Matt

Matt Larson has always been a self-starter. One afternoon when he was 3 years old, he told his mother he was going to play in the front yard. Instead, he walked eight blocks to downtown Ludington to go to work.

“I walked to a store where her friends used to work,” Larson said. “They would pay me to pick up price tags and different things off the floor while my mom was shopping there.”

He didn’t stop there. When Larson was in third grade, he charged his fellow students one snack a month to hold their lunch money in a lockbox. Students who kept their money with him were even assigned an account number, foreshadowing the bookkeeping business he would start after college.

“Early on, I knew that I didn’t want to work for someone,” Larson said.

Larson is currently the Entrepreneur in Residence at the Richard M. And Helen DeVos Center for Entrepreneurship and Innovation (CEI) in the Seidman College of Business at Grand Valley State University. He holds Bachelor’s Degree in Finance, a Master of Arts in Career & Technical Education and a Master’s of Business Administration from Western Michigan University. In the years after college, he started an advertising company, a bookkeeping business, which he sold to a CPA firm, and bought a vending company. He also worked as a business consultant and coordinated a local inventors network in Ludington. He is currently working on his most ambitious venture to date with Campus Starter, a crowdfunding platform that seeks to expand funding opportunities for student entrepreneurs.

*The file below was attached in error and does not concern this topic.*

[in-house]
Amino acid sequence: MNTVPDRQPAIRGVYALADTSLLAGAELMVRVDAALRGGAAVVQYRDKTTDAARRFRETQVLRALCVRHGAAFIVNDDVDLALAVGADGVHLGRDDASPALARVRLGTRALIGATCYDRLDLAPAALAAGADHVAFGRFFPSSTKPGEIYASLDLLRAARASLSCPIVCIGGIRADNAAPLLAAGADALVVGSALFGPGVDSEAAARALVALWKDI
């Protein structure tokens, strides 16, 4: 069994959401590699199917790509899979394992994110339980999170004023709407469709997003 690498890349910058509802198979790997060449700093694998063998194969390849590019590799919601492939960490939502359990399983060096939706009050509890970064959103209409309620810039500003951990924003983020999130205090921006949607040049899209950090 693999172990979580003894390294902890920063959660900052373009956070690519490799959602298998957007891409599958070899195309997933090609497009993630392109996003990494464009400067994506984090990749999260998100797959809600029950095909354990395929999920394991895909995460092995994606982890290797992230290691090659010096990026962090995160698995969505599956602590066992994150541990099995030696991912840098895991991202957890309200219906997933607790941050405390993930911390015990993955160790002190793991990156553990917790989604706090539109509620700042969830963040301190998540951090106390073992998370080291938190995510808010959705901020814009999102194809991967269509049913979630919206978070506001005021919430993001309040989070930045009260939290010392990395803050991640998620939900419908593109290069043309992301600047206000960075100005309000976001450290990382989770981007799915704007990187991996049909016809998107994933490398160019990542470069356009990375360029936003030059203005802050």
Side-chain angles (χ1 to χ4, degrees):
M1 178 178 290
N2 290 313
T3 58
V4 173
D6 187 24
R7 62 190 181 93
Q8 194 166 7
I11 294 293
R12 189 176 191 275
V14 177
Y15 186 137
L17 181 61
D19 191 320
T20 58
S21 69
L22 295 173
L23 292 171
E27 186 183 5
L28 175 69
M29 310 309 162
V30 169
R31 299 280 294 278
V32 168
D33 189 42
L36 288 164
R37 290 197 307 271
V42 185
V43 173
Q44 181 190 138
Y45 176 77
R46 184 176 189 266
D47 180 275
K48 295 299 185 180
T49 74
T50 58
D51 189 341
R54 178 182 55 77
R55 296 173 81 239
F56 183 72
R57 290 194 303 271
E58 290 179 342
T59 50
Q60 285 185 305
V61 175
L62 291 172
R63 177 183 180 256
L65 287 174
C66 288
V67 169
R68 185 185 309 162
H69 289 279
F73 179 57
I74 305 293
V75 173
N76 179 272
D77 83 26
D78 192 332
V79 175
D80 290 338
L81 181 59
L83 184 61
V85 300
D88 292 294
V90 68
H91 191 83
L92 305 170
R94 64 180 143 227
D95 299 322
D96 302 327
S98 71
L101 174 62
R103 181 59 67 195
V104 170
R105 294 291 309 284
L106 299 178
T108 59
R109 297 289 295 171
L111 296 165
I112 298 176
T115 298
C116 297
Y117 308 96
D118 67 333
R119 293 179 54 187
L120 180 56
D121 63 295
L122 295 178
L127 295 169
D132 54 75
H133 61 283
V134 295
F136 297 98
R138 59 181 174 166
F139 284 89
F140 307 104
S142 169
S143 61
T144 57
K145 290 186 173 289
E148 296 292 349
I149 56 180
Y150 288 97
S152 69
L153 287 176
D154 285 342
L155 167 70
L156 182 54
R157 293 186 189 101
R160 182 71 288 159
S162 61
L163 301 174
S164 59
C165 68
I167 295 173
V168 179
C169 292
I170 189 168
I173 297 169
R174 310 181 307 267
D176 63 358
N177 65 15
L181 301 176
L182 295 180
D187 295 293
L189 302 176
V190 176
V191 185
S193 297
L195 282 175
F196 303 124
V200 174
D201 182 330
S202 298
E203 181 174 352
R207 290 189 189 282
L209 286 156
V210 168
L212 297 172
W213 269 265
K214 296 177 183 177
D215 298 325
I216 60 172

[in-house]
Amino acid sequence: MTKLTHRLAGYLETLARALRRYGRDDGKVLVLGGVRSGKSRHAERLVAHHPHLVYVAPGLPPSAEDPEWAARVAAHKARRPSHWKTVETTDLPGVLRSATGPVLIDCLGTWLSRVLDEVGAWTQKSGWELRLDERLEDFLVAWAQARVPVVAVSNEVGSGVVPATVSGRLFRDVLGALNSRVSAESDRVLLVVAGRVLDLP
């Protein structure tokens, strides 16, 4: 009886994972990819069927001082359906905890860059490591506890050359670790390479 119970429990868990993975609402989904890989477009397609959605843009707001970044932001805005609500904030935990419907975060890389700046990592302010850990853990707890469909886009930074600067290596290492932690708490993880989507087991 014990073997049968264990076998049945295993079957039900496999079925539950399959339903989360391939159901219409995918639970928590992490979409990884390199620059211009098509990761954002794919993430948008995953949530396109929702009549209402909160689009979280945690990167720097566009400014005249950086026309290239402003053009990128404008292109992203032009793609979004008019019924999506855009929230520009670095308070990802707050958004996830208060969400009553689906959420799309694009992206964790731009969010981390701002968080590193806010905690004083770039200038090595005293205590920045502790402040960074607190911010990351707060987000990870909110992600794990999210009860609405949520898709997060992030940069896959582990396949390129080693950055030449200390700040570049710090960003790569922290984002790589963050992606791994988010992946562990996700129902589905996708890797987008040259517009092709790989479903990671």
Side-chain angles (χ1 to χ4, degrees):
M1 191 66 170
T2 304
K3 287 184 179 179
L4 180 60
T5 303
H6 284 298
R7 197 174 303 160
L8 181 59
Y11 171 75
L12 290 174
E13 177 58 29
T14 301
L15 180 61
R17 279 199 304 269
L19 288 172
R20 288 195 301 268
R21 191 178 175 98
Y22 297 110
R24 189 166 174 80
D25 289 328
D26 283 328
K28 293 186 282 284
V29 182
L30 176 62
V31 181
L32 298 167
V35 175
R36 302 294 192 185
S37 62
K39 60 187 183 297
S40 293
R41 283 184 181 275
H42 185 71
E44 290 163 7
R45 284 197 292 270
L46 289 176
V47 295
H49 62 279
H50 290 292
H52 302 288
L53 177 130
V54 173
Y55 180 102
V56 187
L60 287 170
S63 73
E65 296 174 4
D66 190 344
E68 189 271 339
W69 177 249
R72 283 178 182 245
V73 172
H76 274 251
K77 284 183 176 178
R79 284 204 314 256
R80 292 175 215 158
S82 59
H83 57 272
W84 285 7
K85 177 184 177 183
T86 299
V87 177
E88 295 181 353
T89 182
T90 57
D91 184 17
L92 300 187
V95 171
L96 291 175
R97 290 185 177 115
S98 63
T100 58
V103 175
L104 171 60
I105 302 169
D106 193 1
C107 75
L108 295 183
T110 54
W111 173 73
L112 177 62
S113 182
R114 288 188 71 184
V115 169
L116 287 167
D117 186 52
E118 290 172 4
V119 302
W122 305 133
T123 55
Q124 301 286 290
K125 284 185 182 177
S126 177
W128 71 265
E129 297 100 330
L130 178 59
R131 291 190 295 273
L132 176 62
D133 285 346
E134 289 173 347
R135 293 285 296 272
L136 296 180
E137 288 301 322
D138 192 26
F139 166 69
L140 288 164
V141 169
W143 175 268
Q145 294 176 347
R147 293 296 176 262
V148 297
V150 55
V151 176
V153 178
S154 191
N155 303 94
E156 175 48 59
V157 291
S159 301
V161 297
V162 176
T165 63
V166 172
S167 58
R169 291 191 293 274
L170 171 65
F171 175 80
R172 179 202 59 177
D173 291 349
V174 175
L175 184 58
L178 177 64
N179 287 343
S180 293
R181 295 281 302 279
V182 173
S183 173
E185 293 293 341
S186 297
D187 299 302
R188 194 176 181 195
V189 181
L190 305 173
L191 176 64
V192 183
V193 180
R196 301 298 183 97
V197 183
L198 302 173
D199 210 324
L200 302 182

“We really want it to be an all encompassing platform for college students or administrators to engage with alumni in the community and connect with support in terms of mentorship and other community engagement,” Larson said.

As the Entrepreneur in Residence at CEI, Larson is eager to lend his experience to helping students and community members start their own entrepreneurial journeys. He emphasizes that whether or not a venture succeeds, it’s all about hands-on experience.

Larson was drawn to entrepreneurship because he saw it as the the most feasible way to achieve his goals and create opportunities for himself.

“Entrepreneurship gives you that potential,” Larson said. “Is it a guarantee? No. So that is kind of the choice people have make.”

One of Larson’s goals is to be in a financial position to give back to the community.

“I love kids and animals. I feel like they are two things that kind of don’t have a voice,” Larson said. “Those would be two things that I would want to help out with.”

Matt Larson holds office hours at CEI on Mondays from 3-4 p.m. and Tuesdays from 2-5 p.m.

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